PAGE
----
Posts Tagged 'revenge'

2012 Book Meme!

Here’s a fun little 2012-in-review book meme! I found it at Catherine Pope – Victorian Geek via Ruby Bastille. Links go to my reviews.

Using only books you have read this year (2012), answer these questions. Try not to repeat a book title.

Describe yourself: Bossypants (Tina Fey)

How do you feel: Divergent (Veronica Roth)

Describe where you currently live: Beyond the Wall (ed. James Lowder)

If you could go anywhere, where would you go: Hyperion (Dan Simmons)

Your favorite form of transportation: White Horse (Alex Adams)

Your best friend is: An Object of Beauty (Steve Martin)

You and your friends are: The Devil All the Time (Donald Ray Pollack)

What’s the weather like: Full Dark, No Stars (Stephen King)

You fear: Disgrace (J.M Coetzee)

What is the best advice you have to give: This Love is Not for Cowards (Robert Andrew Powell)

Thought for the day: Eat the City (Robin Shulman)

How I would like to die: Blackout (Connie Willis)

My soul’s present condition: Revenge (Yoko Ogawa)

Whew. This was harder than it looks! How would you answer these questions using books you read in 2012?


Book Review: Revenge, by Yoko Ogawa

I am all about revenge lately. Or perhaps it’s better to say I’m more into revenge than usual lately, as it’s something I definitely enjoy reading about and watching. (A personality test once told me that I value justice more than mercy. Yikes!) Anyway, I’m tearing through the first season of the television show Revenge (and simultaneously chuckling at and getting engrossed in its soap opera antics) and I recently finished up two Stephen King books in which revenge is doled out to rapists and torturers (Full Dark, No Stars and Misery, respectively), so when I saw Revenge by Yoko Ogawa pop up on Netgalley, I requested it immediately. I’ve enjoyed the few Japanese novels I’ve read in the past, and a little research on Ogawa revealed that she is a prolific and well-respected author, having won the Shirley Jackson Award in 2008 and numerous other Japanese honors.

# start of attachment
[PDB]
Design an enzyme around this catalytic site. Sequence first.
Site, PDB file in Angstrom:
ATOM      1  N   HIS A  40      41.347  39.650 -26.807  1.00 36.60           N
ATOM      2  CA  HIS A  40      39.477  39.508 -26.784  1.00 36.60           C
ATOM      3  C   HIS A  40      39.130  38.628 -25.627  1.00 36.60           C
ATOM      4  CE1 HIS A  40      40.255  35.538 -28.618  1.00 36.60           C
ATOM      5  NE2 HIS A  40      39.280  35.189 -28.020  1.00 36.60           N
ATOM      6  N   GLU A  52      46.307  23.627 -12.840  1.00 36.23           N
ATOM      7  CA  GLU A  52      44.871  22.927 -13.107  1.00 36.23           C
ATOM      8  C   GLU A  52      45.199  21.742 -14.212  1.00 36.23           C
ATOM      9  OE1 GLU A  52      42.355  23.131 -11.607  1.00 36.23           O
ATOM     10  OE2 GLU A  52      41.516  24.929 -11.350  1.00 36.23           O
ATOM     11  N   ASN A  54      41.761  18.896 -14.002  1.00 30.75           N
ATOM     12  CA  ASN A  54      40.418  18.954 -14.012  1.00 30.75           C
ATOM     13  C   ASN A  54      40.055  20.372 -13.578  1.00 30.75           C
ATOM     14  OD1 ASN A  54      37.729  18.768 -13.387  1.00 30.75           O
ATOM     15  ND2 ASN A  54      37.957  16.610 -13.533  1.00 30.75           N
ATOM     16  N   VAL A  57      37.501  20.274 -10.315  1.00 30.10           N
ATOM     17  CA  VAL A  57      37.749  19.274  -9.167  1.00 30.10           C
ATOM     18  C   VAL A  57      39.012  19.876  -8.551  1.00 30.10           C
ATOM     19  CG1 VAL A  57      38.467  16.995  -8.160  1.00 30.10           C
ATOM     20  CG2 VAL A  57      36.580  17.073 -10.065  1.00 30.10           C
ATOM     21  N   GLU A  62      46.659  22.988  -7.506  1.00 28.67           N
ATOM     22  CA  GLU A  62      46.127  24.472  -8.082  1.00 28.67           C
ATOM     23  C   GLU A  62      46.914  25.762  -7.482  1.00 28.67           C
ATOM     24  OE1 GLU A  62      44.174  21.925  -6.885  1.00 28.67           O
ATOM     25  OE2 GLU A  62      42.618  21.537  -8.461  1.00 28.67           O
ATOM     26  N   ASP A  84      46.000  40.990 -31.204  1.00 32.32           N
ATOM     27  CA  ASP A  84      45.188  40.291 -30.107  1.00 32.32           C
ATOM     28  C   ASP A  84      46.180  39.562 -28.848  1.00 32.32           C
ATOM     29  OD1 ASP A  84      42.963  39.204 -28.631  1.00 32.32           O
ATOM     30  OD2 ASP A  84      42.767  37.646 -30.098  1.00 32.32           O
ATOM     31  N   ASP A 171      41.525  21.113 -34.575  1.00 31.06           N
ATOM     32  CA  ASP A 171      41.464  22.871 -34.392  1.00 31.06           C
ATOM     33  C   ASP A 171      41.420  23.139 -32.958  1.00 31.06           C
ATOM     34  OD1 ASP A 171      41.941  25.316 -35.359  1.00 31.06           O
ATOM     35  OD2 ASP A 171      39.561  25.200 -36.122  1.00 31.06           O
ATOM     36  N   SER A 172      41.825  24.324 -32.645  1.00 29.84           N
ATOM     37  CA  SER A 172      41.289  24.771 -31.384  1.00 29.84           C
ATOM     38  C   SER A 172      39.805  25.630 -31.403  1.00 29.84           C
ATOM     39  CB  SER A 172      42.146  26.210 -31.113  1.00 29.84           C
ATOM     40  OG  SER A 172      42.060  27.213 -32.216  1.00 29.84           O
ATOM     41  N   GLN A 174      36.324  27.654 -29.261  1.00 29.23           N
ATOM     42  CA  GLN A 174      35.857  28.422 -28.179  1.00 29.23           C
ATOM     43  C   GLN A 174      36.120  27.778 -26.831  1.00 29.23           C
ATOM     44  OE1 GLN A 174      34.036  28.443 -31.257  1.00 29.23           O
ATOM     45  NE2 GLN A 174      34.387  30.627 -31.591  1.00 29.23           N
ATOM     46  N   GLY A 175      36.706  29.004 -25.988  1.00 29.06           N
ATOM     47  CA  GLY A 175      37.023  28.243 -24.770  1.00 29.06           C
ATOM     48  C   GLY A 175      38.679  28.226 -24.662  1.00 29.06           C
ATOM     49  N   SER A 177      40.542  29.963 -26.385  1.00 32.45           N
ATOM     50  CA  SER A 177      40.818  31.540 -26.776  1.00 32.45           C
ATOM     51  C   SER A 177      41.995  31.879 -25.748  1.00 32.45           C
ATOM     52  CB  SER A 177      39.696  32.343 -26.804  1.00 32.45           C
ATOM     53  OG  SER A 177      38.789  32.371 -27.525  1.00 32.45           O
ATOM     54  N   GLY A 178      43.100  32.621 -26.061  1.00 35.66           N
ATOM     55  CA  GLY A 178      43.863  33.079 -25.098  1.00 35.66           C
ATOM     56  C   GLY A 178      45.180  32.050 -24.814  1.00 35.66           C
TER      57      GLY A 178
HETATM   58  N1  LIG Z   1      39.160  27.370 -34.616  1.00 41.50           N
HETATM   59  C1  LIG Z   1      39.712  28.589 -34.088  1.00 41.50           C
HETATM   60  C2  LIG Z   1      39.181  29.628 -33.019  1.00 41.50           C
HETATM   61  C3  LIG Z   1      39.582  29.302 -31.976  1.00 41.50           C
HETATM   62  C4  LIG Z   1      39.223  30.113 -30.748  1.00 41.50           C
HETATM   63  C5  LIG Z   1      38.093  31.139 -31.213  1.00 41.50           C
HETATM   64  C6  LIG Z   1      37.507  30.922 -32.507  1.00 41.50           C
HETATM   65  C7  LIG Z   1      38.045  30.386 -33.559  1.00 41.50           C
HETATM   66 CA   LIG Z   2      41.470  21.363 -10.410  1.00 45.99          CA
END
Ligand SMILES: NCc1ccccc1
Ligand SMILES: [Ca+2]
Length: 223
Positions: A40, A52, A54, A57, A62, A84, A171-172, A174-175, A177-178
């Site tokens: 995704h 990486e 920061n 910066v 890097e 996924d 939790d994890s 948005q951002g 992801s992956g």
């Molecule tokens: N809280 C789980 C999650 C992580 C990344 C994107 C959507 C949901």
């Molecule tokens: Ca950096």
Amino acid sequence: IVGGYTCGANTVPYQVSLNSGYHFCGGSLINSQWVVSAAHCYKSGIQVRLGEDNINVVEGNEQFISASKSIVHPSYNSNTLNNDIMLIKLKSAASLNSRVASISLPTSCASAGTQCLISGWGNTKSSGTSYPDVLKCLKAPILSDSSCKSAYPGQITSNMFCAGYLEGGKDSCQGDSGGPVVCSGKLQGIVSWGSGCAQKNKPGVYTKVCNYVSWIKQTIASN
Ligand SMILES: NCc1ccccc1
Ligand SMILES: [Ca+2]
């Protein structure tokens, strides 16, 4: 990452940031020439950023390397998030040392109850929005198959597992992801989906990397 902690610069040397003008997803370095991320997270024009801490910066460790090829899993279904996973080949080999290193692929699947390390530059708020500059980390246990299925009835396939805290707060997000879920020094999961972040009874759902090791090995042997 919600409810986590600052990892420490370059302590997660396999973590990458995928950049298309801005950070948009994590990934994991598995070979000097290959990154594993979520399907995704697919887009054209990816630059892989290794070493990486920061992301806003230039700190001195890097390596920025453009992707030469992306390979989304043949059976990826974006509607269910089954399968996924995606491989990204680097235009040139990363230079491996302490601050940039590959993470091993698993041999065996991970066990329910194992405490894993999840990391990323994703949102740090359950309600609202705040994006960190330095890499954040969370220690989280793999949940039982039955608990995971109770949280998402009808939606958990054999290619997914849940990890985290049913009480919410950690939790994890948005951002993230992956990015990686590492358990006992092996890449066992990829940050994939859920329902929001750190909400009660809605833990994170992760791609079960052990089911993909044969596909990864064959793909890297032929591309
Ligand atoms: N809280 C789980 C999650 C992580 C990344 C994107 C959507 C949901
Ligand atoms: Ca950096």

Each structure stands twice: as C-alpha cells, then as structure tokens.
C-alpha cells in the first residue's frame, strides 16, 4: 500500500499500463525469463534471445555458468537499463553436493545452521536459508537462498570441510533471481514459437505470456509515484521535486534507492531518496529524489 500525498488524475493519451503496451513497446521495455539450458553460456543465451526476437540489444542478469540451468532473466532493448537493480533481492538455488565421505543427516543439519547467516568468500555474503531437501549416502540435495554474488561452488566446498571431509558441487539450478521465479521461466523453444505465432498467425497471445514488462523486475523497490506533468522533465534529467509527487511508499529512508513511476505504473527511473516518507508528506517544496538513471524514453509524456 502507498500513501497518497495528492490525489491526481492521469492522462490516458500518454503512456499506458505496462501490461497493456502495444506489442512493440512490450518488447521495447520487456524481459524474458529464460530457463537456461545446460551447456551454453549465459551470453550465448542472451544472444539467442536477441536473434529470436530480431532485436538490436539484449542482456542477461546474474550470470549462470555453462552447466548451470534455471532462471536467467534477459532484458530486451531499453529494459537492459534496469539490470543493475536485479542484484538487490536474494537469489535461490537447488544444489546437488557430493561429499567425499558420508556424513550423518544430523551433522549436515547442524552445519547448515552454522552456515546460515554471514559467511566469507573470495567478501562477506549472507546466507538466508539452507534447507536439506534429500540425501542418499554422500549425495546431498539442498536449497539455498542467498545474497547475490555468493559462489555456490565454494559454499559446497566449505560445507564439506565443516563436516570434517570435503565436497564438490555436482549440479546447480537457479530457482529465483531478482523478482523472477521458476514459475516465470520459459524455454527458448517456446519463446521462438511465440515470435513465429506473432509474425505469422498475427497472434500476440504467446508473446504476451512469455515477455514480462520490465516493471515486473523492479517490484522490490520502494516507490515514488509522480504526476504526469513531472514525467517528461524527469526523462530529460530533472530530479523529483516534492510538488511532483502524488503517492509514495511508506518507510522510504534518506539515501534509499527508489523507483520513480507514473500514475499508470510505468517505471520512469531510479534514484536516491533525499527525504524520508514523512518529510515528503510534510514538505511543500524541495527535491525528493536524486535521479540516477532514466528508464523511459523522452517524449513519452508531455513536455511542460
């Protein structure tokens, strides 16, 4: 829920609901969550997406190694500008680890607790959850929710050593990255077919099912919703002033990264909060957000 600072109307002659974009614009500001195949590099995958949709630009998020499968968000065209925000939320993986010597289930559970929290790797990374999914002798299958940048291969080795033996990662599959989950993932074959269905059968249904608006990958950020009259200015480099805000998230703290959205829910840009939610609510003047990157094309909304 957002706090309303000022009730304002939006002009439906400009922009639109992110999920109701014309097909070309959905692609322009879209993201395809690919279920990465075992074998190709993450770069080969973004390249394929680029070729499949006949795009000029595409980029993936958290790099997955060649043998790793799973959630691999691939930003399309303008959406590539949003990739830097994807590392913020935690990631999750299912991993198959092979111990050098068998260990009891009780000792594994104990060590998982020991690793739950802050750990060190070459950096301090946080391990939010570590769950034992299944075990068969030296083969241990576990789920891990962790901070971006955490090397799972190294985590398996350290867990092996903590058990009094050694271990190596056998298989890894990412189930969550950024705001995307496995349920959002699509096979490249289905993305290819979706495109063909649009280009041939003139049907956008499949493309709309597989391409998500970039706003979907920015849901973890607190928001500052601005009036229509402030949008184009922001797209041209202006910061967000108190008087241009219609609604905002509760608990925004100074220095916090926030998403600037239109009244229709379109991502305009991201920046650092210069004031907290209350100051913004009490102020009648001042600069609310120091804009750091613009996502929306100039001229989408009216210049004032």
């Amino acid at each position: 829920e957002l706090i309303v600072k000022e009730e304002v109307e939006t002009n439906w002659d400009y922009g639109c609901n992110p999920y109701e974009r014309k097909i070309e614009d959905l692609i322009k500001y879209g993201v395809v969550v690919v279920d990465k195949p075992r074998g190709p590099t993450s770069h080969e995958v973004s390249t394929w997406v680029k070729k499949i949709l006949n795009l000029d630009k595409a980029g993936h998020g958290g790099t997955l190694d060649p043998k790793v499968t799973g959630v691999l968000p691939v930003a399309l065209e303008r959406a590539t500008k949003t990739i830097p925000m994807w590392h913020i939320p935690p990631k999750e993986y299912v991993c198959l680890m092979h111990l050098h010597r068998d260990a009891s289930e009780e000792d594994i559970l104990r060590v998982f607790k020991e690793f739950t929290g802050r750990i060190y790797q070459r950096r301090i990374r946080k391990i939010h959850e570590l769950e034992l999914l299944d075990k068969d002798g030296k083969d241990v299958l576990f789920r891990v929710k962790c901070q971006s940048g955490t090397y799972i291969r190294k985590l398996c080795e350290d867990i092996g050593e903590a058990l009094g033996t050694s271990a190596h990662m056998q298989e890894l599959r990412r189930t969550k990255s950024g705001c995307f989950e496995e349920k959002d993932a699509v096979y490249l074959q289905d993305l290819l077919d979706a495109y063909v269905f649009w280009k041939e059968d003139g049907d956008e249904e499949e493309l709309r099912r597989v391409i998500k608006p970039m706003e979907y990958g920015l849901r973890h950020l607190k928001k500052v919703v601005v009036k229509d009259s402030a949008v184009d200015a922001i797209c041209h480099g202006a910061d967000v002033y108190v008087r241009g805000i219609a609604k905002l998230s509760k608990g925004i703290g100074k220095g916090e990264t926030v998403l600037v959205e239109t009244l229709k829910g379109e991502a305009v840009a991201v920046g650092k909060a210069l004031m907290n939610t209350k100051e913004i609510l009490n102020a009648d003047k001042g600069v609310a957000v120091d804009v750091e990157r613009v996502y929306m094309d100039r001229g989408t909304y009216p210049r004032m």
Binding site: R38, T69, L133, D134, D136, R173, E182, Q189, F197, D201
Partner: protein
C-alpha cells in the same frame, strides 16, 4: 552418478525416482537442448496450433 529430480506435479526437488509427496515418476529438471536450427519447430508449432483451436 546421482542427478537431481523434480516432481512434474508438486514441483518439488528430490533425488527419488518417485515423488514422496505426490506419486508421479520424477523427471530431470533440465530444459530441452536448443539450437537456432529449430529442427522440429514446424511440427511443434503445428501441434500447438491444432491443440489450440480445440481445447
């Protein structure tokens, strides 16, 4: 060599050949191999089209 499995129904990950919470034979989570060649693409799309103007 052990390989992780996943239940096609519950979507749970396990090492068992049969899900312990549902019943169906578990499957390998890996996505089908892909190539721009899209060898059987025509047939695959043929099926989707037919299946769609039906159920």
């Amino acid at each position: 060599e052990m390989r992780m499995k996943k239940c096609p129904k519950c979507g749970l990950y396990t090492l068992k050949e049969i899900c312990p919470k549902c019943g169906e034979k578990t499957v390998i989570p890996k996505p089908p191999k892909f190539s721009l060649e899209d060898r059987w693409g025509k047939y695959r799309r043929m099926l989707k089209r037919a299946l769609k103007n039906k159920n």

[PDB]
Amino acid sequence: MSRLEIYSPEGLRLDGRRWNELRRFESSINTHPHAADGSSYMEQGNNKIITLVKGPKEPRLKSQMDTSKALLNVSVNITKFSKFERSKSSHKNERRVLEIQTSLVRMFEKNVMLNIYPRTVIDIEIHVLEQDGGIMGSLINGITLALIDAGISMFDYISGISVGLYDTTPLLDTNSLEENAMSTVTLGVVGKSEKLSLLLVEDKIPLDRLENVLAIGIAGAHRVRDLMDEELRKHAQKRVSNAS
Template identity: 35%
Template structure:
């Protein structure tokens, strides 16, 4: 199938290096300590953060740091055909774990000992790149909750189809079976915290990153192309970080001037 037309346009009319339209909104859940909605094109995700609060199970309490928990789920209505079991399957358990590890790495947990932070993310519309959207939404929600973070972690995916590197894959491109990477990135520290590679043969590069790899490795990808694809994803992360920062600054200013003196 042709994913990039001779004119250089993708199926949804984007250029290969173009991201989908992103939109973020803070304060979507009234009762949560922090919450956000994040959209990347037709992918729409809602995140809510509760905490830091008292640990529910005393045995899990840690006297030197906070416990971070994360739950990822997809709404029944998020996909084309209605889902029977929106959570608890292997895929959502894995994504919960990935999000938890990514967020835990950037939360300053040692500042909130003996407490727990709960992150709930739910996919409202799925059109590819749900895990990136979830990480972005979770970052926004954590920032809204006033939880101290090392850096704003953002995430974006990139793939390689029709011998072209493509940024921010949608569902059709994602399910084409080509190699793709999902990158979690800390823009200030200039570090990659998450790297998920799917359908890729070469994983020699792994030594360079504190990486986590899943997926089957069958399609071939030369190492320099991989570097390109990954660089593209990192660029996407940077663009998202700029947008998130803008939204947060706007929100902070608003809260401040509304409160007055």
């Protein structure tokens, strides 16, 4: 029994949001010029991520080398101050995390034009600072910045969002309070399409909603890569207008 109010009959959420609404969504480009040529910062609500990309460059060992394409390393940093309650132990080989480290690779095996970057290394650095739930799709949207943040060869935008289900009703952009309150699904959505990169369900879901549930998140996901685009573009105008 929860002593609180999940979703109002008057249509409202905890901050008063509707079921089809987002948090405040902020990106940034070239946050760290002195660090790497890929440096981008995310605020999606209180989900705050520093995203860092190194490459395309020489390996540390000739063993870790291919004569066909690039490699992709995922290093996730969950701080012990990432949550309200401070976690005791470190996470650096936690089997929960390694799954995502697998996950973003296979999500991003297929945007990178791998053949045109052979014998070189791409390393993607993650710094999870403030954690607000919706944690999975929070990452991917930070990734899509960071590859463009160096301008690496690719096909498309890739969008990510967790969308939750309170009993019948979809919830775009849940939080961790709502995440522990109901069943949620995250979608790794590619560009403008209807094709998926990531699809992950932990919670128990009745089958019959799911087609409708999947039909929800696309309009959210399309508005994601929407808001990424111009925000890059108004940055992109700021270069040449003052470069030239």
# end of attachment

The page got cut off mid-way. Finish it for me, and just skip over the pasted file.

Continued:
There were lots of things I liked about Revenge. As it’s subtitled Eleven Dark Tales, I was expecting a collection of scary and unrelated stories. Ogawa, however, twists our expectations of the short story format and instead allows the vignettes to build off of one another; each character is linked to another in a previous story in some significant (or insignificant) way. I really enjoyed trying to puzzle out the relationships between characters before it was revealed. I think this format allowed Ogawa to focus on the meat of each story, and to create her own closed, realistic (but slightly off) world populated by her characters. For those readers who don’t normally enjoy short stories, Revenge might be a good way to both challenge their expectations and expand their horizons!

Continue reading ‘Book Review: Revenge, by Yoko Ogawa’

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